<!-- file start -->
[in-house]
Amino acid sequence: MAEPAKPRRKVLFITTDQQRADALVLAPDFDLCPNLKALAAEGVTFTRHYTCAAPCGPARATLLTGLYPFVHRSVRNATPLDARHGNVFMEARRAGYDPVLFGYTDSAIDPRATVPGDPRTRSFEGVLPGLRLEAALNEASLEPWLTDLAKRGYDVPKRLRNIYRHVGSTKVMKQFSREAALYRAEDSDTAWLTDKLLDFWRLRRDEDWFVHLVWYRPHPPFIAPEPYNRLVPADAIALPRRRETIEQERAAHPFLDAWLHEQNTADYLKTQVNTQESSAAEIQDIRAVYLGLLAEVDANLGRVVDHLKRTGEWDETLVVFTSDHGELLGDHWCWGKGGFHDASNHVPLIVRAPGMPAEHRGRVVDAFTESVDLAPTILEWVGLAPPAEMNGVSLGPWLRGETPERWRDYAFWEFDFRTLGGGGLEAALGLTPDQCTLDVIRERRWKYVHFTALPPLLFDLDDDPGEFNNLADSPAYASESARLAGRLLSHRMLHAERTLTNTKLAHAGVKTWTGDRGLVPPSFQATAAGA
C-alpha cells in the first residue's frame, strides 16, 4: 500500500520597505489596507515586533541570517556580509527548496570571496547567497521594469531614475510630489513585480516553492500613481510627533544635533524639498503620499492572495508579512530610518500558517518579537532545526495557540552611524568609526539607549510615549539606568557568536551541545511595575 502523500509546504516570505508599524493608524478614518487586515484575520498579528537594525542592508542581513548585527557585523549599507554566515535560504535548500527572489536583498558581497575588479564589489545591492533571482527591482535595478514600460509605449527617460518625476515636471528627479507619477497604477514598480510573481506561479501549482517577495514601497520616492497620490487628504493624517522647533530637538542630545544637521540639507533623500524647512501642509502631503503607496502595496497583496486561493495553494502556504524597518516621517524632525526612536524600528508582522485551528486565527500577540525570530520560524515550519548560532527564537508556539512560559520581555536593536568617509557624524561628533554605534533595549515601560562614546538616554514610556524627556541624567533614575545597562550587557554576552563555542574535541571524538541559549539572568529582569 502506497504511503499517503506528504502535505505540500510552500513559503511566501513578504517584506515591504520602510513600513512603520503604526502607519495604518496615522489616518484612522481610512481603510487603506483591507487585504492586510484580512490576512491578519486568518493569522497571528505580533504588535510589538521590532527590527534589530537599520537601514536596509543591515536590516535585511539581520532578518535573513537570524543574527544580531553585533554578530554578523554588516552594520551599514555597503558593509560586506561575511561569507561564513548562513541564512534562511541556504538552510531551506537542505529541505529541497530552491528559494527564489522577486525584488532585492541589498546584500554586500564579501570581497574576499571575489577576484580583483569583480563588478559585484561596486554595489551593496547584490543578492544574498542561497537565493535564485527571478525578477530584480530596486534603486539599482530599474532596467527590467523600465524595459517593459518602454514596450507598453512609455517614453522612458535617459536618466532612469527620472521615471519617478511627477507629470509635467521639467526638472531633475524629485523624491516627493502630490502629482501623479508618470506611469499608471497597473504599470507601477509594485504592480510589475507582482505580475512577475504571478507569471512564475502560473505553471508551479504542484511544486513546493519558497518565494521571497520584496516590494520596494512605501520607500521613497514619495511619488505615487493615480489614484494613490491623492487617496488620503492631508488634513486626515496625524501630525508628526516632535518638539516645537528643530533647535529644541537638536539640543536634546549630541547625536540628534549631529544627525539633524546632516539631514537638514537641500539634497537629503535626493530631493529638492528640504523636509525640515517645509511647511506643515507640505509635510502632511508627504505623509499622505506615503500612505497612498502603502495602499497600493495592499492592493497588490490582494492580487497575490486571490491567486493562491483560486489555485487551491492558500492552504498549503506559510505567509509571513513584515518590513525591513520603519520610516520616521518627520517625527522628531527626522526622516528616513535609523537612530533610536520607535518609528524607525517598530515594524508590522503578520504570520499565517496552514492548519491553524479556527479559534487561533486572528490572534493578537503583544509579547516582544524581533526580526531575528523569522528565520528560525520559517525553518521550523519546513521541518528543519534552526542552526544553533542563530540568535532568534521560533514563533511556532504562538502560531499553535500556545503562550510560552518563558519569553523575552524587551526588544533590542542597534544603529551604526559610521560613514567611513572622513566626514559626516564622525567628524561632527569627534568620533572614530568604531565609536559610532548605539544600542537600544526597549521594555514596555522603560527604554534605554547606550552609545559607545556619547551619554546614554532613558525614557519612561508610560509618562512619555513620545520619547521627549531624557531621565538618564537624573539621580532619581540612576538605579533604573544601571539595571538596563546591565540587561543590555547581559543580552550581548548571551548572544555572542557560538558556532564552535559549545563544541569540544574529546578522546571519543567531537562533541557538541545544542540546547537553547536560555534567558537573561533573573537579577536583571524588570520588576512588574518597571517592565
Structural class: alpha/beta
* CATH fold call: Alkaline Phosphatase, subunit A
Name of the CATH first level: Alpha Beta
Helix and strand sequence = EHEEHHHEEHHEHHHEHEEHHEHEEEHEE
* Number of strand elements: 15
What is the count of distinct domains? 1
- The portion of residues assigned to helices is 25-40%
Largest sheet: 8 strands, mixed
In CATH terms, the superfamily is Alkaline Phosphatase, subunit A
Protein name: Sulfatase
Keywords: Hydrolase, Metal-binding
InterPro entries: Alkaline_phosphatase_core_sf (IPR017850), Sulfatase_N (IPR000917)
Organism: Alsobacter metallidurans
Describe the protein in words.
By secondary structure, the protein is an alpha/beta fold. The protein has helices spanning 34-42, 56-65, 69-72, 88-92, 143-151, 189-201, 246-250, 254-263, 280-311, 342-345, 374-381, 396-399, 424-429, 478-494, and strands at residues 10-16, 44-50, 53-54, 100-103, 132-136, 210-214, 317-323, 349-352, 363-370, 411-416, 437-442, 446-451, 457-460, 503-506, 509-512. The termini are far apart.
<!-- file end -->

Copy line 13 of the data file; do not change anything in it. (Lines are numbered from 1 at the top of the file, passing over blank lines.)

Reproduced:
Protein name: Sulfatase